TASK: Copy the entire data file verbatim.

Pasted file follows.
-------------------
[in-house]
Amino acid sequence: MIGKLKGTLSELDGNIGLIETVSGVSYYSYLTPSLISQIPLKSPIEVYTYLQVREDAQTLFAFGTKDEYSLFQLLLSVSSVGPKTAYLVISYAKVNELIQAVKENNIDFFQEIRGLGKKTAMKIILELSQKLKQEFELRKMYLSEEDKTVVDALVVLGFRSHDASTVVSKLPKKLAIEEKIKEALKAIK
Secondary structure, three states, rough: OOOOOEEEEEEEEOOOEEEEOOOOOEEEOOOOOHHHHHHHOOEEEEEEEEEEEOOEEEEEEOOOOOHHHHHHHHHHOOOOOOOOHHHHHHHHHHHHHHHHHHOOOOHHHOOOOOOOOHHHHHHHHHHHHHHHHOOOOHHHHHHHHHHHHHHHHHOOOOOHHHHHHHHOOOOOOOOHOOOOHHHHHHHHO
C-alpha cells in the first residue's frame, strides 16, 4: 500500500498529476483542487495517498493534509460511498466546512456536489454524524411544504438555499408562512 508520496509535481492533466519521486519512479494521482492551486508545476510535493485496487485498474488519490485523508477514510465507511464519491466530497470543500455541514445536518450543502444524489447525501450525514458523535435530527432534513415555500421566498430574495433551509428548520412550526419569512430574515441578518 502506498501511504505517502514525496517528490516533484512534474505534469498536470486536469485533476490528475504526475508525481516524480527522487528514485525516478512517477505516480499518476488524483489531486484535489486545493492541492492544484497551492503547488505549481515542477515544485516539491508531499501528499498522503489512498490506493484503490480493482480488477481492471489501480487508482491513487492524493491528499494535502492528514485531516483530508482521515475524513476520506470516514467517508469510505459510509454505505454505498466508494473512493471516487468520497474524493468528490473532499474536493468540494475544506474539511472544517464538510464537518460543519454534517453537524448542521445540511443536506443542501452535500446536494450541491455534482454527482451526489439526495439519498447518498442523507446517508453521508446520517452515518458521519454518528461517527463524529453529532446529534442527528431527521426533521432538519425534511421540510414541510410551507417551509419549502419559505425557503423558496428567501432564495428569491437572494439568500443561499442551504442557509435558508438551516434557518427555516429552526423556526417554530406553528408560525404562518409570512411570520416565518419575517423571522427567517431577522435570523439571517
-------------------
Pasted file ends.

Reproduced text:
[in-house]
Amino acid sequence: MIGKLKGTLSELDGNIGLIETVSGVSYYSYLTPSLISQIPLKSPIEVYTYLQVREDAQTLFAFGTKDEYSLFQLLLSVSSVGPKTAYLVISYAKVNELIQAVKENNIDFFQEIRGLGKKTAMKIILELSQKLKQEFELRKMYLSEEDKTVVDALVVLGFRSHDASTVVSKLPKKLAIEEKIKEALKAIK
Secondary structure, three states, rough: OOOOOEEEEEEEEOOOEEEEOOOOOEEEOOOOOHHHHHHHOOEEEEEEEEEEEOOEEEEEEOOOOOHHHHHHHHHHOOOOOOOOHHHHHHHHHHHHHHHHHHOOOOHHHOOOOOOOOHHHHHHHHHHHHHHHHOOOOHHHHHHHHHHHHHHHHHOOOOOHHHHHHHHOOOOOOOOHOOOOHHHHHHHHO
C-alpha cells in the first residue's frame, strides 16, 4: 500500500498529476483542487495517498493534509460511498466546512456536489454524524411544504438555499408562512 508520496509535481492533466519521486519512479494521482492551486508545476510535493485496487485498474488519490485523508477514510465507511464519491466530497470543500455541514445536518450543502444524489447525501450525514458523535435530527432534513415555500421566498430574495433551509428548520412550526419569512430574515441578518 502506498501511504505517502514525496517528490516533484512534474505534469498536470486536469485533476490528475504526475508525481516524480527522487528514485525516478512517477505516480499518476488524483489531486484535489486545493492541492492544484497551492503547488505549481515542477515544485516539491508531499501528499498522503489512498490506493484503490480493482480488477481492471489501480487508482491513487492524493491528499494535502492528514485531516483530508482521515475524513476520506470516514467517508469510505459510509454505505454505498466508494473512493471516487468520497474524493468528490473532499474536493468540494475544506474539511472544517464538510464537518460543519454534517453537524448542521445540511443536506443542501452535500446536494450541491455534482454527482451526489439526495439519498447518498442523507446517508453521508446520517452515518458521519454518528461517527463524529453529532446529534442527528431527521426533521432538519425534511421540510414541510410551507417551509419549502419559505425557503423558496428567501432564495428569491437572494439568500443561499442551504442557509435558508438551516434557518427555516429552526423556526417554530406553528408560525404562518409570512411570520416565518419575517423571522427567517431577522435570523439571517